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There's no quicker solution than pay-per-click search-engine advertising to boost the number of visitors to your e-commerce Web site. But which PPC service should you use?
Yahoo's upgraded Sponsored Search service, code-named Panama, is the biggest improvement in years to the company's PPC advertising service. Panama makes Yahoo Sponsored Search a strong contender to Google's AdWords, which I wrote about in an earlier column. Panama is faster and easier to use than AdWords in some areas, such as reporting, though I do have some minor concerns.
Google AdWords Has Huge Lead
If you want to significantly increase visitors to your site, you need to select a PPC service that's linked to a popular search engine. In the U.S., you have three main choices. The December 2006 statistics from search marketing consultancy Hitwise show Yahoo with a 22 percent share of U.S. search volume, second to Google's 63 percent and ahead of Microsoft's 9 percent share.
I'm a longtime user of Yahoo's PPC service, dating back to the days it was GoTo.com and you could still buy a good search term for a penny a click. GoTo.com became Overture, which Yahoo acquired after the PPC system started delivering much of the search engine's ad revenues.
Despite being an early front-runner in PPC advertising, Yahoo's Sponsored Search stumbled badly, falling behind Google's AdWords. Not only did AdWords display advertisements to a larger audience, but its user interface was also easier to understand and it offered more flexibility.
As with other search-engine PPC services, Yahoo ads are linked to search terms (keywords) that you specify. If you sell left-handed widgets, you can have your ad displayed when search engine visitors query that term. You are charged when someone clicks on your ad and is then transferred to your Web site.
Smoother Interface, Better Reports
Panama began rolling out to customers late last year. Yahoo says all U.S. and Canadian users should be converted to Panama by the end of March. International users will be converted later.
Panama abandons Overture's clunky, spreadsheet-like interfaces, which are organized by keywords, in favor of a more intuitive marketing-oriented interface that's built around advertising campaigns. It's easier to view graphs and performance reports, which you can now click to drill down and examine in detail.
Yahoo's on-demand reporting system is faster and easier to use than the batch-oriented reporting used by Google's offering. AdWords requires you to first create a detailed report template, request the report, and then wait, typically several minutes, until you can view the results.
Yahoo says new ads or modifications to existing ads are now approved within minutes, not days, which I've confirmed.
New Keyword Bidding System
Yahoo also plans to finish reworking its keyword-bidding process later this quarter. In the old system, the highest bidder for a keyword automatically ranks first in advertising results. You can view the maximum bids of top competitors to determine the bid required to reach the highest positions.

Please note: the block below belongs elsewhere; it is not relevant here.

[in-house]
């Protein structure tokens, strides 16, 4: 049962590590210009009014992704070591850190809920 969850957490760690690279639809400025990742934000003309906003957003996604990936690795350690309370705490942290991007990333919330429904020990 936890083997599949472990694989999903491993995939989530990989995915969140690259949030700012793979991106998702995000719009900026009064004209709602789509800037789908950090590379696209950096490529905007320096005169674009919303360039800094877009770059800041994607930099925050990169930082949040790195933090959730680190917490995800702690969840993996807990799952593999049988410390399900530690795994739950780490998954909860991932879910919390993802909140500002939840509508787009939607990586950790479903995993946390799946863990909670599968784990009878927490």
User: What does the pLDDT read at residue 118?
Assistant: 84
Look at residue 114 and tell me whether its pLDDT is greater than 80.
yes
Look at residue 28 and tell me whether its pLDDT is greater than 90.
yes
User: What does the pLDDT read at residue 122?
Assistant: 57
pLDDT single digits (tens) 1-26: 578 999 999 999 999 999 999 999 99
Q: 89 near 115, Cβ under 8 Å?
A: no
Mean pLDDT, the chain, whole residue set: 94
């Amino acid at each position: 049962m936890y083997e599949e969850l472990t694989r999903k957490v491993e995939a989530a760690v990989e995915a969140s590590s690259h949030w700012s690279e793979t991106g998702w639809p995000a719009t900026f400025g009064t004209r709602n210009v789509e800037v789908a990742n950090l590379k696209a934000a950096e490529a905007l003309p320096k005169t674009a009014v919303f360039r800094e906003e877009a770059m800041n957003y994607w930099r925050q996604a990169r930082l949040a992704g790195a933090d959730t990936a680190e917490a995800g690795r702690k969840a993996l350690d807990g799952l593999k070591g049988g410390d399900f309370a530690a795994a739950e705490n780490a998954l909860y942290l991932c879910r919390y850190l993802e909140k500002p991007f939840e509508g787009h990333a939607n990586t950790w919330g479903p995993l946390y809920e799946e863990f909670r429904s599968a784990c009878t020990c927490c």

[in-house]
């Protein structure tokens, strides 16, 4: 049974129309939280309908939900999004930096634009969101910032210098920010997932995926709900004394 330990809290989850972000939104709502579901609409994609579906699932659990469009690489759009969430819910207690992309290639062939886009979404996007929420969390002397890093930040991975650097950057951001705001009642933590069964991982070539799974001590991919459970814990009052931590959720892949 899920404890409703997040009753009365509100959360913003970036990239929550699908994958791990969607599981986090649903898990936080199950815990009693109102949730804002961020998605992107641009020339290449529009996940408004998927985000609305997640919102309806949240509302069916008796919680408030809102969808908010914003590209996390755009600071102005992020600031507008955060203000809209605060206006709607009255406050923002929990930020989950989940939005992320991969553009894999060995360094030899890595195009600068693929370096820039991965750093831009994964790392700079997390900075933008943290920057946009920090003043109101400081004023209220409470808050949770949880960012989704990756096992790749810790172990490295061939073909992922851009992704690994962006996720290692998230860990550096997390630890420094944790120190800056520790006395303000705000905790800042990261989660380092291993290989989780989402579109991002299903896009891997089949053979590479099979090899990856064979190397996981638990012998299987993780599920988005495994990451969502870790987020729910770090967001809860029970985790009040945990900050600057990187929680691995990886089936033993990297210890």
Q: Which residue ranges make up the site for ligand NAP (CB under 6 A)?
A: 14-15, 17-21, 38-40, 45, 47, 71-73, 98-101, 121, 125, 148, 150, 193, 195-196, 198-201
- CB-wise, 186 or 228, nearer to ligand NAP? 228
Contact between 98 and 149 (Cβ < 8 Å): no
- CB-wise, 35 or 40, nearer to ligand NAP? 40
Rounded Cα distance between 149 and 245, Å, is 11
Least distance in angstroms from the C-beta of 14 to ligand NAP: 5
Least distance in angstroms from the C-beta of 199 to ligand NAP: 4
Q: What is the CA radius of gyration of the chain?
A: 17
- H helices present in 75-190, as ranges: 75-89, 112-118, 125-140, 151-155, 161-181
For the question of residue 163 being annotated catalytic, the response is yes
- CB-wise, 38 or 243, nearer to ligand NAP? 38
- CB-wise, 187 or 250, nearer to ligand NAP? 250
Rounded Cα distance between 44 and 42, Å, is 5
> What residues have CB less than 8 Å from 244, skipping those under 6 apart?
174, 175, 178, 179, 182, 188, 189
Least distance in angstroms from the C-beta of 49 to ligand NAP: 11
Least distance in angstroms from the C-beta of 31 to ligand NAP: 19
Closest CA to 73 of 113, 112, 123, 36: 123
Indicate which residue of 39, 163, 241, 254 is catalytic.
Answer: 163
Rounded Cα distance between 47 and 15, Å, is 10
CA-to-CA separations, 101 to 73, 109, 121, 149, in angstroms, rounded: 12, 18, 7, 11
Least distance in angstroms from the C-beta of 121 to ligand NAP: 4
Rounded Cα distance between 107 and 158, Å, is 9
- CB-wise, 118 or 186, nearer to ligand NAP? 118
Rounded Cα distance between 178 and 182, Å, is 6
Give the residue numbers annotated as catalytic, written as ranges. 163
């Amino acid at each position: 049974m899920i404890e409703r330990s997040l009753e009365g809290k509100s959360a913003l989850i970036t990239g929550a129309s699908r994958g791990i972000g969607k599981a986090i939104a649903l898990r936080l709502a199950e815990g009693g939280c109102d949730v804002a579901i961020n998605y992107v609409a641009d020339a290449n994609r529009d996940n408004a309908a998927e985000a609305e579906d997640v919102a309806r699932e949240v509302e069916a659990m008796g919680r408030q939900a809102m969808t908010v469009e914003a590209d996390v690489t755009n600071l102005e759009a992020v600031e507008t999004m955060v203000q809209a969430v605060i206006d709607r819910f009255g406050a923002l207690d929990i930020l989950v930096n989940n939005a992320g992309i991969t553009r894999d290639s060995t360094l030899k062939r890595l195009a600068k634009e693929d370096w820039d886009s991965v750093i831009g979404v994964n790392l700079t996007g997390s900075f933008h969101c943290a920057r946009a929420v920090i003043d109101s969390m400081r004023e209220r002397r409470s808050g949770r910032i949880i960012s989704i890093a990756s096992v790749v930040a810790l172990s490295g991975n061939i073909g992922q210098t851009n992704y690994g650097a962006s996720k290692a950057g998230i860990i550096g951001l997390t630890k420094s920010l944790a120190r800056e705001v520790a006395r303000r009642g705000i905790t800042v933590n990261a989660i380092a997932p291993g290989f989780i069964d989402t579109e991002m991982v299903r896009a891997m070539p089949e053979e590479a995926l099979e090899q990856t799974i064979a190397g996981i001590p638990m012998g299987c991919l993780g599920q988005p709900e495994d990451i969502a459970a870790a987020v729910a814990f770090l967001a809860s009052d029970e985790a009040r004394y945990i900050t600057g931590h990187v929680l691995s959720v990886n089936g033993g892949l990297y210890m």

In the new system, you set a maximum bid and the service determines your ad rank and your actual cost based upon both the quality of your ad and competing bids. You can no longer see competing bids, so some longtime Yahoo users will object to the new lack of transparency. The new system is similar to AdWords and should require less time for newcomers to fine-tune.
Yahoo has also enhanced its geotargeting feature, which lets you restrict ad displays to Internet users in a limited area. This is very useful for small businesses that serve local markets. You can select by continent, country, state/province, or define a circular area by postal code. You can also select by Nielsen Media Research Designated Market Area, which divvies up the U.S. into more than 200 metropolitan areas. However, Google's AdWords permits even finer gradations, since you can outline an arbitrary area on a map and show ads only to those located within it.
I noticed a couple of issues with Panama.
For example, I initially had problems logging in to my upgraded account when using Internet Explorer 7. However, these went away when I adjusted my browser's security settings.
I also had difficulty with Yahoo's Content Match service, which you can get when you sign up for a Sponsored Search account. CM places your ad on independent Web sites affiliated with Yahoo. However, I found the CM sites weren't nearly as context-relevant to my ads as the sites displayed on Yahoo's search-engine results. For example, my ad for a highly specialized search term, "computer forensics security," was displayed on CM pages about wrestling, computer games, a cordless phone manual, houses of the European renaissance, entertainment news from Jamaica, and other seemingly irrelevant pages. Consequently, I received hundreds of thousands of CM displays within a couple of hours--and blew through twice my daily budget.
Yahoo officials say the company is looking into this problem. Meanwhile, however, I recommend exercising caution if you advertise on CM. Use it only with a strict daily budget and closely monitor the results.
Otherwise, however, if you've dismissed the Yahoo PPC service in the past as too cumbersome and lacking flexibility, you might want to give it a second look. It's a good supplement to Google AdWords (or an alternative when the bidding on your desired keywords gets too high) and can help you connect with more potential online buyers for your products and services.